Baseball's owners give Schott free pass


February 05, 1993|By JOHN EISENBERG

The baseball owners really gave it to Marge Schott, huh? She can still watch the Reds in person. Still make major policy decisions. She was allowed to pick the person to run the team in her "absence." Let's see, what can't she do?

Oh, right. She can't sit in her field box. She can't give the manager her lineup suggestions, which she never did anyway. She can appeal her 12-month suspension in seven. And she's out $25,000, which is tip money in baseball today.

Call it the Mario Mendoza of suspensions. It doesn't hit.

What can't Schott do? She can't yell at the umps from the front row. She can't let her dog poop on the artificial turf during BP. That's it. (Advice to the next player or owner up for suspension in front of the owners: Just say, "Gimme a Schott." They won't say, "Of what?")

Of course, the light sentencing is not exactly the surprise of the sports year. Let's just say that the public outrage expressed by the owners at Schott's racial ravings was about as earnest as your standard campaign pledge.

"Maybe we ought to have the baseball owners run the ethics committee for Congress," Sen. Joseph Lieberman of Connecticut said yesterday.


(Actually, the owners might be pillars of morality next to a Congressional ethics committee. But that's another story.)

Let's get down to it here. The owners assumed a grim posture because they had to. They offered a penalty because they had to. But guiding them was not some nascent beacon of morality. It was just that any alternative course was bad business, especially with Jesse Jackson talking about a fan boycott. Anyone who thinks the owners were grievously offended is simply an innocent.

Suspending Schott does not mean that the owners suddenly have realized the abhorrence of such intolerance. It just means that they recognize a tricky political wind when they see one.

They're mostly just glad that the spotlight wasn't turned on them.

A less cynical conclusion might be reachable if the owners weren't so overtly guilty of discovering that they possessed this strain of morality only when a member of their lodge was thick-headed enough to curse aloud.

Think about it. Since the rise and fall of publicity surrounding Al Campanis' "Nightline" appearance, the game's horrible minority hiring record got little attention from fans or many front offices -- .. until Schott started making the papers and the owners had no choice but to get indignant again.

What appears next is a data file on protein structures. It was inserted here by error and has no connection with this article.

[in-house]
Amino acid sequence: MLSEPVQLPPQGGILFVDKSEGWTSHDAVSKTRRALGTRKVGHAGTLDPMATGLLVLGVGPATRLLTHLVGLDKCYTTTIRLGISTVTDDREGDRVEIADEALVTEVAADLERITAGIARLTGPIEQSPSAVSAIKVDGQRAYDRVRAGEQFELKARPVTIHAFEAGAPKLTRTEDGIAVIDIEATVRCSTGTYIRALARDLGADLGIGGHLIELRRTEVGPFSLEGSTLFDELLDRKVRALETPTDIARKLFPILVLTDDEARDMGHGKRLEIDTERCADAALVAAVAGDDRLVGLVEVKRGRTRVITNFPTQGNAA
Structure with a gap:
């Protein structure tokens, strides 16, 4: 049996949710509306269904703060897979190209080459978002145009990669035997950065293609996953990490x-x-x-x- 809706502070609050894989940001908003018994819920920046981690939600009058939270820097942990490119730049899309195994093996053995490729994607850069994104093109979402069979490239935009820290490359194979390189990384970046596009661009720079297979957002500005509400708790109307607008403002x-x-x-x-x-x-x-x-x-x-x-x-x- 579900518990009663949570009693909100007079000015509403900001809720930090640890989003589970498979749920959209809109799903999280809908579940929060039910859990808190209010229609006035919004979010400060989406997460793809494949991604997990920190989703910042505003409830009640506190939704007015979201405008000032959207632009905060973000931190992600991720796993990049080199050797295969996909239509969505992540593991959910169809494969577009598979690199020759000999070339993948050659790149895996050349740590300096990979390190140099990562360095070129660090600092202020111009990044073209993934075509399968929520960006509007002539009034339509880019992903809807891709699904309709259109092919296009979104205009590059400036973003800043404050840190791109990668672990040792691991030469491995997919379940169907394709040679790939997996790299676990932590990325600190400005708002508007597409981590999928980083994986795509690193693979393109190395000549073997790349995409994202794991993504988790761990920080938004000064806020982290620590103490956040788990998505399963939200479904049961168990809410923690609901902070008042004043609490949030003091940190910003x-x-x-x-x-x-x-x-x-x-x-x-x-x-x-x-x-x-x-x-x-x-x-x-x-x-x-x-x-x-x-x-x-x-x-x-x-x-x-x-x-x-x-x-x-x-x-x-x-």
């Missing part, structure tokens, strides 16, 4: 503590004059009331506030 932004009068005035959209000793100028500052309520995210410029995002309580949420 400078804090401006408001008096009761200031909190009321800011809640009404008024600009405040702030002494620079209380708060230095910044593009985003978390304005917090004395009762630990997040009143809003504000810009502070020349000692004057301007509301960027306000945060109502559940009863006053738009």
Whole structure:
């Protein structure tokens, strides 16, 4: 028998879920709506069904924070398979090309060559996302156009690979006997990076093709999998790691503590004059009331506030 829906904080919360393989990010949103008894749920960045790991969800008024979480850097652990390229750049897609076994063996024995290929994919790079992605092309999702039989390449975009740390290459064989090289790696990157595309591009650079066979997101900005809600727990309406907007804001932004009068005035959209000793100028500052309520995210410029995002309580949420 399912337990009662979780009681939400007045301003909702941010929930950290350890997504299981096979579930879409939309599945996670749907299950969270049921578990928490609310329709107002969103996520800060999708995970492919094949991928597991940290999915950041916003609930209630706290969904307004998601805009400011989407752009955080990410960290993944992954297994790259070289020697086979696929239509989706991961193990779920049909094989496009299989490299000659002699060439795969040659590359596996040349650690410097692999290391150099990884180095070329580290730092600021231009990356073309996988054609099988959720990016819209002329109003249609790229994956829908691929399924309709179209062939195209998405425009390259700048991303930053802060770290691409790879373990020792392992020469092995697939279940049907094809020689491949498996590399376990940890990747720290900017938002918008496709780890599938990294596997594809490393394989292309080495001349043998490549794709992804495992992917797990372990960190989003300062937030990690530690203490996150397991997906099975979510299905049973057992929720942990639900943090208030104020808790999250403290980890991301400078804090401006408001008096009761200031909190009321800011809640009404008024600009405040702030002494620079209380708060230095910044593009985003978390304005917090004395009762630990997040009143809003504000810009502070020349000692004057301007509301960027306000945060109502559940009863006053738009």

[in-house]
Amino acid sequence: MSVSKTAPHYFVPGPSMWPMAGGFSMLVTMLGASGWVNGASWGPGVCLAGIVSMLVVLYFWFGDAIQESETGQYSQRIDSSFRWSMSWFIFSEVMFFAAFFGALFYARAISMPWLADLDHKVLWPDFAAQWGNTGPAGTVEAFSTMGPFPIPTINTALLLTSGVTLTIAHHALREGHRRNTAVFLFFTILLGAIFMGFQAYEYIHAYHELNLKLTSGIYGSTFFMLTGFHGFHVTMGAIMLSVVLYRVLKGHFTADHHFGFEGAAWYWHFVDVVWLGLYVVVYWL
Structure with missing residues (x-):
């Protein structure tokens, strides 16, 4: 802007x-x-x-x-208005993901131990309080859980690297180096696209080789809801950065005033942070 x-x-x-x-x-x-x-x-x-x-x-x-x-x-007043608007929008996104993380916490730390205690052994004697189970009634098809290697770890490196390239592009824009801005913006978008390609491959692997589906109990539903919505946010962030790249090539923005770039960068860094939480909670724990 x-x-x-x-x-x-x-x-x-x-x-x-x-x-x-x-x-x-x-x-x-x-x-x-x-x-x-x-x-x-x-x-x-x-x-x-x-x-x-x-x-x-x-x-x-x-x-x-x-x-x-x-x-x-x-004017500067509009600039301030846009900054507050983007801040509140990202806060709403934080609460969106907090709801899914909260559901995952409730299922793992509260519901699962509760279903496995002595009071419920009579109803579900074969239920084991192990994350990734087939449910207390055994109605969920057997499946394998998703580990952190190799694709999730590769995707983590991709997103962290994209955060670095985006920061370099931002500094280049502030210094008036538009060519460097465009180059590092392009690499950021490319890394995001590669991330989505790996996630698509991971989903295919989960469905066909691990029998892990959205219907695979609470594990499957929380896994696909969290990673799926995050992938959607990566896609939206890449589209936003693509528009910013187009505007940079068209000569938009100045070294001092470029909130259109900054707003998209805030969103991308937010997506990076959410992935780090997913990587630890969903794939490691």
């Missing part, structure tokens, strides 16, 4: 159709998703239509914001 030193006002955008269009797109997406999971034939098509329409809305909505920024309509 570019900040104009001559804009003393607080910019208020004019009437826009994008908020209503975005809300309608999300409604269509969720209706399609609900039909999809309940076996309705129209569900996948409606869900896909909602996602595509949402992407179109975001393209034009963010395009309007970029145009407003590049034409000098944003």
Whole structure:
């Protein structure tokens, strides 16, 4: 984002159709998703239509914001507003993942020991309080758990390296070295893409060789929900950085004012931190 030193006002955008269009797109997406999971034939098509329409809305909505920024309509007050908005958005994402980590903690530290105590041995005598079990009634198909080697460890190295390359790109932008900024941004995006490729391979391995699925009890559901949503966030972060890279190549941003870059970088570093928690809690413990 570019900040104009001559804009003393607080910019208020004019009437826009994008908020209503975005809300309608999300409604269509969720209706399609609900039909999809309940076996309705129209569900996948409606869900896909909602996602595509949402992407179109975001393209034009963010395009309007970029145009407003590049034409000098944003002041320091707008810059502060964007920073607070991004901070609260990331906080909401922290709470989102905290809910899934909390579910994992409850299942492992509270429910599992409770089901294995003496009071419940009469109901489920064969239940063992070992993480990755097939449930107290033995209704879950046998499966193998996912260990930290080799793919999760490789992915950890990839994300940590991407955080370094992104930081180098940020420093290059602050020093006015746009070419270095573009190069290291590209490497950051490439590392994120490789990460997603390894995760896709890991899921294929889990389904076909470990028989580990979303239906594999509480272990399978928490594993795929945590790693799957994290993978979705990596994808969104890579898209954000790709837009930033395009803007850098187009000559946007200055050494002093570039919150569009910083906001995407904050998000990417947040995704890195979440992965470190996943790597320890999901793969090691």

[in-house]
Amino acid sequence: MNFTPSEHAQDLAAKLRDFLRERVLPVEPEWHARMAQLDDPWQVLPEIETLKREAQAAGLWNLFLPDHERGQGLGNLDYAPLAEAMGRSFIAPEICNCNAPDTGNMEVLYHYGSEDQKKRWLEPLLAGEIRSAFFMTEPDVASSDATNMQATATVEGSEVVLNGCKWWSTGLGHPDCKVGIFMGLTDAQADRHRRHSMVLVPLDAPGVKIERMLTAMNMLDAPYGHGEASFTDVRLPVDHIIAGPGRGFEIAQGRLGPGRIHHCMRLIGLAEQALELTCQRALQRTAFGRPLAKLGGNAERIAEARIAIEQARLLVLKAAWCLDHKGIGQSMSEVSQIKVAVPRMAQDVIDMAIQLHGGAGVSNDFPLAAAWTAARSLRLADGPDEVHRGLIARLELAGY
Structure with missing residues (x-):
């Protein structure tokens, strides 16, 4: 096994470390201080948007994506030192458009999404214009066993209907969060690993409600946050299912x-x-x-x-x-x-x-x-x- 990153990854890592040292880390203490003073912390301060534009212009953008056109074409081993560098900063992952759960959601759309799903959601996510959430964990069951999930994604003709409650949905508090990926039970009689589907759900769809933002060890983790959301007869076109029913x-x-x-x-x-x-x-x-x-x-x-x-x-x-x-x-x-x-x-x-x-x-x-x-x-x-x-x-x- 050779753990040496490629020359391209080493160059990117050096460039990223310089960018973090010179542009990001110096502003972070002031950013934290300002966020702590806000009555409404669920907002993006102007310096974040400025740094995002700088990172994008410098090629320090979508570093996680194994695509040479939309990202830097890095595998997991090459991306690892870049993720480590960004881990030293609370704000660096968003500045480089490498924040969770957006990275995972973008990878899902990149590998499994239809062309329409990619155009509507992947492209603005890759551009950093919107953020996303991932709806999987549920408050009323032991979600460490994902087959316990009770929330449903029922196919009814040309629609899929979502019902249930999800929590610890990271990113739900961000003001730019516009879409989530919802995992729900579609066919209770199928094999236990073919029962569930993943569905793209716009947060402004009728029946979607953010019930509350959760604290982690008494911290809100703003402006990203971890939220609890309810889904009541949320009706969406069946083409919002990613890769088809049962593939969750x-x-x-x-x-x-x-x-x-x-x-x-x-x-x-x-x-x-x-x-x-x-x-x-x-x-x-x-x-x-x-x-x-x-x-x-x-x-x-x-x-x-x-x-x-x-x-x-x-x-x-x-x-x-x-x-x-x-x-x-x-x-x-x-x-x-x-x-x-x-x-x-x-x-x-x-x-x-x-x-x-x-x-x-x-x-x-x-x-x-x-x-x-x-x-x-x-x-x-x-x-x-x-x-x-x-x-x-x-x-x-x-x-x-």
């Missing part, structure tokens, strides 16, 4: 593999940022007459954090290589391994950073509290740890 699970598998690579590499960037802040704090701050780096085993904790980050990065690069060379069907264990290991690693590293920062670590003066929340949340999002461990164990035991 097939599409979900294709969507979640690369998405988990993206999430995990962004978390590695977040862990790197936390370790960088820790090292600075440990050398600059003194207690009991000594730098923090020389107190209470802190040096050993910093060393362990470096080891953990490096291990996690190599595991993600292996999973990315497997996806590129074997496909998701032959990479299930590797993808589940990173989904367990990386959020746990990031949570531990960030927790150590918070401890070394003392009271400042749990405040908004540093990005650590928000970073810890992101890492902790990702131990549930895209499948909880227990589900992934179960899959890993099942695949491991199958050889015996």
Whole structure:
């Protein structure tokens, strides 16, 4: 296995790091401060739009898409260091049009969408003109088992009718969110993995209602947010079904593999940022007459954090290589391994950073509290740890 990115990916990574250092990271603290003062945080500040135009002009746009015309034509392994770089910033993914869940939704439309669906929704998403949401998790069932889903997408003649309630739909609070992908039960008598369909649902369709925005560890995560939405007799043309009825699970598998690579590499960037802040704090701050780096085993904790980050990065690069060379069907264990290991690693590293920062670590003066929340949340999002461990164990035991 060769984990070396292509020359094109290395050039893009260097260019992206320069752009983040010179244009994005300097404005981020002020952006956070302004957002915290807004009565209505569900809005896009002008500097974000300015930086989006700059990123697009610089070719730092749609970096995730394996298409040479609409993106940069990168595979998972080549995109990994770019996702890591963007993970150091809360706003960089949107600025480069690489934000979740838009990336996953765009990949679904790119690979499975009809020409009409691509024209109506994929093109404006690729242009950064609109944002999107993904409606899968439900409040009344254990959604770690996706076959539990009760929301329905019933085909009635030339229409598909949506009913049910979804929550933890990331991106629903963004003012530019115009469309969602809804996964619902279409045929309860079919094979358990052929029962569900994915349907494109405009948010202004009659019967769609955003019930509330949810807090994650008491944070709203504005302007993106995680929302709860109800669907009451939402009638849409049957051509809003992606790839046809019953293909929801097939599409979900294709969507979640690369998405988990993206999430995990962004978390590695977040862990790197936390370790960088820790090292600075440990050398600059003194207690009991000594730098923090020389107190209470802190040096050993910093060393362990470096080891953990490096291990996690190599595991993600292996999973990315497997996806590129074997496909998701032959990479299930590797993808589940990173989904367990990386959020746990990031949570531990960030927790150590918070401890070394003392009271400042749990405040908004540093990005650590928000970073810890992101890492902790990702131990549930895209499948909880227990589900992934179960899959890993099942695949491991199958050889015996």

It's the same way they got indignant when Fay Vincent kept bringing up the subject as commissioner. Why, the owners got so indignant that they finally lopped off Vincent's head because they were tired of hearing about it.

If the owners were anything other than cynical about this, they would have attached to Schott's suspension an announcement that they were embarking on a drive to improve minority hiring. The timing was perfect. Everyone was watching.

But there was no such announcement. No one said that the problem actually was much greater and more institutionalized than one person's bigotry, that her suspension was just symbolic, that it means nothing if not joined with an earnest commitment to right an obvious wrong.

Instead, the owners didn't say or do anything more than they absolutely had to, anything more than the bare minimum of what was demanded by Schott's outrageousness. They certainly couldn't leave her alone, and had no right to force her to sell. They had to penalize her somehow, and did. The severity of the sentence tells you all you need to know.

Maybe the the case will prove worthwhile in that symbolism can be effective at least in its ability to force people to examine an issue. Baseball executives certainly will be more careful about what they say.

But symbolism also can be so frustrating because of its intrinsic emptiness. Marge Schott is suspended, and it doesn't really mean anything. It's not going to change baseball's old-fashioned attitudes. The only way to change those is to install executives who understand and accept the concept of equal opportunity, and such new faces generally are those being denied. That is known as a vicious circle.

The sad truth is that baseball runs on the blood of money, which diminishes such devilish little items as hiring practices to little more than small type. Baseball was in for a costly, unpleasant legal fight if it tried to assess Schott a more fitting penalty, and it wanted no part of such. So she goes free, in essence, and not a single person is happy except maybe Marge Schott.

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